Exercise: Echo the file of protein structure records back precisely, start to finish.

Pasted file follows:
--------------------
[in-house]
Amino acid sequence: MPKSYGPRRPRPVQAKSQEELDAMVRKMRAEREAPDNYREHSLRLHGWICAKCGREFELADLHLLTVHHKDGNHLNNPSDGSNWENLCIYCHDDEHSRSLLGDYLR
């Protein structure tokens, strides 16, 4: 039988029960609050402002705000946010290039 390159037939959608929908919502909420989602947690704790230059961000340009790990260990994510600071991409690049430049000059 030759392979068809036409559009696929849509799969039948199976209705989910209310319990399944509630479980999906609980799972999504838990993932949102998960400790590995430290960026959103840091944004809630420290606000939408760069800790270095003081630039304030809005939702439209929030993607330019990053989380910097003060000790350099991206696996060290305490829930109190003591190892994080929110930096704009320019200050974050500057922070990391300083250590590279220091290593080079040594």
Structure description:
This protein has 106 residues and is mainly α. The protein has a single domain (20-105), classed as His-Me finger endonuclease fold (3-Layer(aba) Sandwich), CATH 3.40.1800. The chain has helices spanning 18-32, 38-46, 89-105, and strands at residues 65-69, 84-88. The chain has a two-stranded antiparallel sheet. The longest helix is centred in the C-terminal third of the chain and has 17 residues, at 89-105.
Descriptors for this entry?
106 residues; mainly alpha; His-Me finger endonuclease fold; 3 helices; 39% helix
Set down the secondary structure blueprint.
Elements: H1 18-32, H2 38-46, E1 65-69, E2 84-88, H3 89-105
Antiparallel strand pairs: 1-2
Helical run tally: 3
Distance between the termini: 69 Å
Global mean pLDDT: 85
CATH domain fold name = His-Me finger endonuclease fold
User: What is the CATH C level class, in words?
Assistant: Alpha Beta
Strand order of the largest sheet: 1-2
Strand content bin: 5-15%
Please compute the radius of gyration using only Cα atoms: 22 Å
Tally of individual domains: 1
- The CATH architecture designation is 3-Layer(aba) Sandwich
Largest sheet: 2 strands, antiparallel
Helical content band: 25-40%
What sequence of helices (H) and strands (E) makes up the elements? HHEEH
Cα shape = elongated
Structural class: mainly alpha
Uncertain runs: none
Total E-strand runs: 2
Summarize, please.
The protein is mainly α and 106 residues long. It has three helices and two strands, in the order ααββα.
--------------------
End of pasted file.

[in-house]
Amino acid sequence: MPKSYGPRRPRPVQAKSQEELDAMVRKMRAEREAPDNYREHSLRLHGWICAKCGREFELADLHLLTVHHKDGNHLNNPSDGSNWENLCIYCHDDEHSRSLLGDYLR
């Protein structure tokens, strides 16, 4: 039988029960609050402002705000946010290039 390159037939959608929908919502909420989602947690704790230059961000340009790990260990994510600071991409690049430049000059 030759392979068809036409559009696929849509799969039948199976209705989910209310319990399944509630479980999906609980799972999504838990993932949102998960400790590995430290960026959103840091944004809630420290606000939408760069800790270095003081630039304030809005939702439209929030993607330019990053989380910097003060000790350099991206696996060290305490829930109190003591190892994080929110930096704009320019200050974050500057922070990391300083250590590279220091290593080079040594």
Structure description:
This protein has 106 residues and is mainly α. The protein has a single domain (20-105), classed as His-Me finger endonuclease fold (3-Layer(aba) Sandwich), CATH 3.40.1800. The chain has helices spanning 18-32, 38-46, 89-105, and strands at residues 65-69, 84-88. The chain has a two-stranded antiparallel sheet. The longest helix is centred in the C-terminal third of the chain and has 17 residues, at 89-105.
Descriptors for this entry?
106 residues; mainly alpha; His-Me finger endonuclease fold; 3 helices; 39% helix
Set down the secondary structure blueprint.
Elements: H1 18-32, H2 38-46, E1 65-69, E2 84-88, H3 89-105
Antiparallel strand pairs: 1-2
Helical run tally: 3
Distance between the termini: 69 Å
Global mean pLDDT: 85
CATH domain fold name = His-Me finger endonuclease fold
User: What is the CATH C level class, in words?
Assistant: Alpha Beta
Strand order of the largest sheet: 1-2
Strand content bin: 5-15%
Please compute the radius of gyration using only Cα atoms: 22 Å
Tally of individual domains: 1
- The CATH architecture designation is 3-Layer(aba) Sandwich
Largest sheet: 2 strands, antiparallel
Helical content band: 25-40%
What sequence of helices (H) and strands (E) makes up the elements? HHEEH
Cα shape = elongated
Structural class: mainly alpha
Uncertain runs: none
Total E-strand runs: 2
Summarize, please.
The protein is mainly α and 106 residues long. It has three helices and two strands, in the order ααββα.